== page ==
Dyarchy was a re-imagination of the structure of the state in India, and of the way that the subjects of governance were administered through that state. Many powers that had been centralised were devolved to “provincial governments” (many of which had larger areas, populations and incomes than fully-fledged European state), and at the provincial level the subjects of governance were divided between those that would be “reserved” for Governors and their staff, and those that would be “transferred”, to be administered by elected Indian Ministers and their staff. The province thus emerged as a geographical solution to how democracy could be introduced, preserving colonial autocracy at the centre of the state and the centre of each province.

Dyarchy was, by common consent, a miserable political failure. Congress refused to seek election or cooperate with the provincial legislatures for much of the 1920s. The artificial divisions of subjects into reserved or transferred created unworkable barriers within provincial governments, while the system itself was stacked so as to secure the colonial state against effective opposition at the provincial level and to deny elected ministers authentic training in the arts of democratic governance.

Despite its failings, dyarchy has much to teach us about the politics of the interwar period. Though it was a national system embodied in an act for the Government of India, this Act was passed in London and was based on an idea devised by an international network of imperial federalists. The re-structuring of the colonial state was informed by an imagination of horizontal and vertical grids with lines of transferral and devolution that could not be crossed. These fortifications were there to defend the autocracy of the state, but there were also “excluded areas” of the country that were protected from the ravages of democracy due to the presumed under-development of their inhabitants.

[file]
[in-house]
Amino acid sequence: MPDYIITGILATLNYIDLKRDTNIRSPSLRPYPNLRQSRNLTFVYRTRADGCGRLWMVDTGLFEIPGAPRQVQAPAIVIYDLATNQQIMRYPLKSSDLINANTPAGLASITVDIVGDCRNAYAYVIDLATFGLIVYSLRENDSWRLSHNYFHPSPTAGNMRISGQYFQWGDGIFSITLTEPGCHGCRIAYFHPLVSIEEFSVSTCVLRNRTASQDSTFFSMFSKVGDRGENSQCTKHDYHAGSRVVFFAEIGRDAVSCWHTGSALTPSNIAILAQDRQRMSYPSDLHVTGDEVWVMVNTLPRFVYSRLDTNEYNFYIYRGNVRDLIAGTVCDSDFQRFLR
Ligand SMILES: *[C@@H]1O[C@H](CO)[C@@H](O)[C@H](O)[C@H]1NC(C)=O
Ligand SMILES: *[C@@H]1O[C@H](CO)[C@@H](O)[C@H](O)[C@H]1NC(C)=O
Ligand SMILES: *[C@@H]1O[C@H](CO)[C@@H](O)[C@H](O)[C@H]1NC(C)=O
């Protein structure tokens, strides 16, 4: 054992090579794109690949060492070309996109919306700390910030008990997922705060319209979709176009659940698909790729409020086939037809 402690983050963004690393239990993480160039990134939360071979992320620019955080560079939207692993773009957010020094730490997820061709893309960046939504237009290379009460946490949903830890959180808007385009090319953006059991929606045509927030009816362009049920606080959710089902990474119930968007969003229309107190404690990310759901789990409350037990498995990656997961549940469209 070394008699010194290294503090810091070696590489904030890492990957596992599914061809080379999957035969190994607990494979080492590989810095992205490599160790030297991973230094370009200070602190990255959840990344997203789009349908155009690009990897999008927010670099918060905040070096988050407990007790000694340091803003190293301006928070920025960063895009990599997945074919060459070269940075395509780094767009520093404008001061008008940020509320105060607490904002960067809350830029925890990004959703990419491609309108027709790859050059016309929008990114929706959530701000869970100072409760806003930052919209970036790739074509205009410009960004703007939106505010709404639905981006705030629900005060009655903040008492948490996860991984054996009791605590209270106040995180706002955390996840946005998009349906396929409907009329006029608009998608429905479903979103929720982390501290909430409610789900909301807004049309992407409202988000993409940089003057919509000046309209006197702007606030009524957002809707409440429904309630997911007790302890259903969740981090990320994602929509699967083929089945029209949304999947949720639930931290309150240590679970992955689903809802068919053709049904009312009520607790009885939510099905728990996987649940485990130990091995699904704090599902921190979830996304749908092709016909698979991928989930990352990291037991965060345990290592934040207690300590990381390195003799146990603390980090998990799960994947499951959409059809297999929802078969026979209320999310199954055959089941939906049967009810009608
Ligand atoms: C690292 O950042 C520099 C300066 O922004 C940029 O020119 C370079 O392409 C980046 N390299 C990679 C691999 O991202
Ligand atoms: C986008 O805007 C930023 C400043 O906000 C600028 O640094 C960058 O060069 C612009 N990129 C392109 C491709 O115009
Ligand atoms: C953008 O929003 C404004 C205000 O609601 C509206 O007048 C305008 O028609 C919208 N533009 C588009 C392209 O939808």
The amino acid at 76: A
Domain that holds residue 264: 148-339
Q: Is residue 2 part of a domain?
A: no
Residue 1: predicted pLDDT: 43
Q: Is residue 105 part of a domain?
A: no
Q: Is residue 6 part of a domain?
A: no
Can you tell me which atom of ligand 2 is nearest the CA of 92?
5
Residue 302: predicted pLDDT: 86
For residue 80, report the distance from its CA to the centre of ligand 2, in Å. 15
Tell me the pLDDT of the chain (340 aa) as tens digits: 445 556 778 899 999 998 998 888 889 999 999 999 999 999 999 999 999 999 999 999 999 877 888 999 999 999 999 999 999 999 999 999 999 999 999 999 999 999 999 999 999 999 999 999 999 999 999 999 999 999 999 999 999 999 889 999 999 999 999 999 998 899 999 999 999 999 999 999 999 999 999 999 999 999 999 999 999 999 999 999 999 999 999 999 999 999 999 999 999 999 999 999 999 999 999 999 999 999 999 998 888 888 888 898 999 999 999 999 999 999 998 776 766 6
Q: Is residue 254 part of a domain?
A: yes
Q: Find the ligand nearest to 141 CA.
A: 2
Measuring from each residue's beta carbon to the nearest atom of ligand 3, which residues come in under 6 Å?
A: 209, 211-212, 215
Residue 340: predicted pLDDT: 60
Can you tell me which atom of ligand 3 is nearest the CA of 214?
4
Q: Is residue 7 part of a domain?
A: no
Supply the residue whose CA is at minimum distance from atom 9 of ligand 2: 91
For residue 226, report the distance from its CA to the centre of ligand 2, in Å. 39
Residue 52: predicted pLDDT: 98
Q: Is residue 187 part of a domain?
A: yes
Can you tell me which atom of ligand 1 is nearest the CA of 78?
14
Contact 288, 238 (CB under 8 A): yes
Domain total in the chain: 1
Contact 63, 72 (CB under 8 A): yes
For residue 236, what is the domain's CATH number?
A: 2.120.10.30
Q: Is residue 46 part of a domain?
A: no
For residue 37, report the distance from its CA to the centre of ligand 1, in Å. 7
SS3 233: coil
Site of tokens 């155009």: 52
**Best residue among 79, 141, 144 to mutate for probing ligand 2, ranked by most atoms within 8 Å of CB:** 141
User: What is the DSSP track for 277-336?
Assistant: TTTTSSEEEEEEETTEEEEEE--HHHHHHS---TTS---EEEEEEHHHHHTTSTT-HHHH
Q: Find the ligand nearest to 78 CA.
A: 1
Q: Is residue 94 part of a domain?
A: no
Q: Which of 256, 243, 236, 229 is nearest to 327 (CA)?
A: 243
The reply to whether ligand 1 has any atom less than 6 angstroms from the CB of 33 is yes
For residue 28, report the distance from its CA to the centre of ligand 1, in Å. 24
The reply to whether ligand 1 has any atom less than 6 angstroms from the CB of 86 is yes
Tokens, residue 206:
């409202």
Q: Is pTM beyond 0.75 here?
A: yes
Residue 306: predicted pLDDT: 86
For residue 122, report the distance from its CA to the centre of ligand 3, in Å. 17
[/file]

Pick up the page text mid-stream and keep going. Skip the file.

map-legend

Such areas were explicitly presented as being backward (with most of Assam being excluded), while the provinces were presented as experimental spaces in which a potential, democratic, responsible Indian future was tentatively brought into restrained being.

Assam, image courtesy of The British Library. © The British Library Board, IOR/L/P&J/9/3, p.291
Assam, image courtesy of The British Library. © The British Library Board, IOR/L/P&J/9/3, p.291

We should therefore take the production of scale seriously. This means exploring the international networks that brought nations and regions into being; acknowledging the significance of naming a person, place or event as “local” or “imperial”; and of questioning that naturalness of scales such as the local, regional, national, imperial or international, which dyarchy showed to be inseparably networked together and extremely malleable political concepts. While extensively reworked, dyarchy laid the foundations for the “responsible government with safeguards” model of federal India embodied in the Government of India Act (1935), much of which transferred seamlessly into the Constitution of Independent India (1950). Perhaps it may be worth a centenary after all.

Stephen Legg is Professor of Historical Geography at the University of Nottingham. This piece is based upon his article, ‘Dyarchy’, which was recently published in the journal Comparative Studies of South Asia, Africa, and the Middle East.